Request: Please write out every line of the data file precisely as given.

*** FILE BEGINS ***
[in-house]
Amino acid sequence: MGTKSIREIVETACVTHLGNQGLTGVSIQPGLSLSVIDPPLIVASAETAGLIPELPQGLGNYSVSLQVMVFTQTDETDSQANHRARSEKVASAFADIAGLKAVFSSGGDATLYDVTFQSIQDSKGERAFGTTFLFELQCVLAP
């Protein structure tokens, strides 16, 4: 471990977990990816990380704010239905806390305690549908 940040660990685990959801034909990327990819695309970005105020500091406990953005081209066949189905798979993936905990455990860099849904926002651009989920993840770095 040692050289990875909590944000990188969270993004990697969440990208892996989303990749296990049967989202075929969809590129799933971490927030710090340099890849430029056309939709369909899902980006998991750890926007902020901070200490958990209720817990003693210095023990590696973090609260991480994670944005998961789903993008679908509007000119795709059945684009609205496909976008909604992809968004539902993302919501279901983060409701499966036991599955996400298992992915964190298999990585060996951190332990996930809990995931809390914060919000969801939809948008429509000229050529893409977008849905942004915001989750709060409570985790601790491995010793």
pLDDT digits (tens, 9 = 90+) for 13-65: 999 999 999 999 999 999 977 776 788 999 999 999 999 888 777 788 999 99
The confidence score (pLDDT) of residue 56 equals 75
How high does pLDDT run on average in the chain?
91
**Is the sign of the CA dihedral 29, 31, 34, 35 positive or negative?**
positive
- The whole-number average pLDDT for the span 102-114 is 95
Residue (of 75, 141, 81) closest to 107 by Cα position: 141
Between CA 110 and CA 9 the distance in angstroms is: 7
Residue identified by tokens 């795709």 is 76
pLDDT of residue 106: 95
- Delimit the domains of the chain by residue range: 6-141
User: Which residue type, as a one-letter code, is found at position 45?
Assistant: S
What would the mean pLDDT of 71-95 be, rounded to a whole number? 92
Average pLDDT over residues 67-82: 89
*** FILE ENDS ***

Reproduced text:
[in-house]
Amino acid sequence: MGTKSIREIVETACVTHLGNQGLTGVSIQPGLSLSVIDPPLIVASAETAGLIPELPQGLGNYSVSLQVMVFTQTDETDSQANHRARSEKVASAFADIAGLKAVFSSGGDATLYDVTFQSIQDSKGERAFGTTFLFELQCVLAP
């Protein structure tokens, strides 16, 4: 471990977990990816990380704010239905806390305690549908 940040660990685990959801034909990327990819695309970005105020500091406990953005081209066949189905798979993936905990455990860099849904926002651009989920993840770095 040692050289990875909590944000990188969270993004990697969440990208892996989303990749296990049967989202075929969809590129799933971490927030710090340099890849430029056309939709369909899902980006998991750890926007902020901070200490958990209720817990003693210095023990590696973090609260991480994670944005998961789903993008679908509007000119795709059945684009609205496909976008909604992809968004539902993302919501279901983060409701499966036991599955996400298992992915964190298999990585060996951190332990996930809990995931809390914060919000969801939809948008429509000229050529893409977008849905942004915001989750709060409570985790601790491995010793």
pLDDT digits (tens, 9 = 90+) for 13-65: 999 999 999 999 999 999 977 776 788 999 999 999 999 888 777 788 999 99
The confidence score (pLDDT) of residue 56 equals 75
How high does pLDDT run on average in the chain?
91
**Is the sign of the CA dihedral 29, 31, 34, 35 positive or negative?**
positive
- The whole-number average pLDDT for the span 102-114 is 95
Residue (of 75, 141, 81) closest to 107 by Cα position: 141
Between CA 110 and CA 9 the distance in angstroms is: 7
Residue identified by tokens 């795709």 is 76
pLDDT of residue 106: 95
- Delimit the domains of the chain by residue range: 6-141
User: Which residue type, as a one-letter code, is found at position 45?
Assistant: S
What would the mean pLDDT of 71-95 be, rounded to a whole number? 92
Average pLDDT over residues 67-82: 89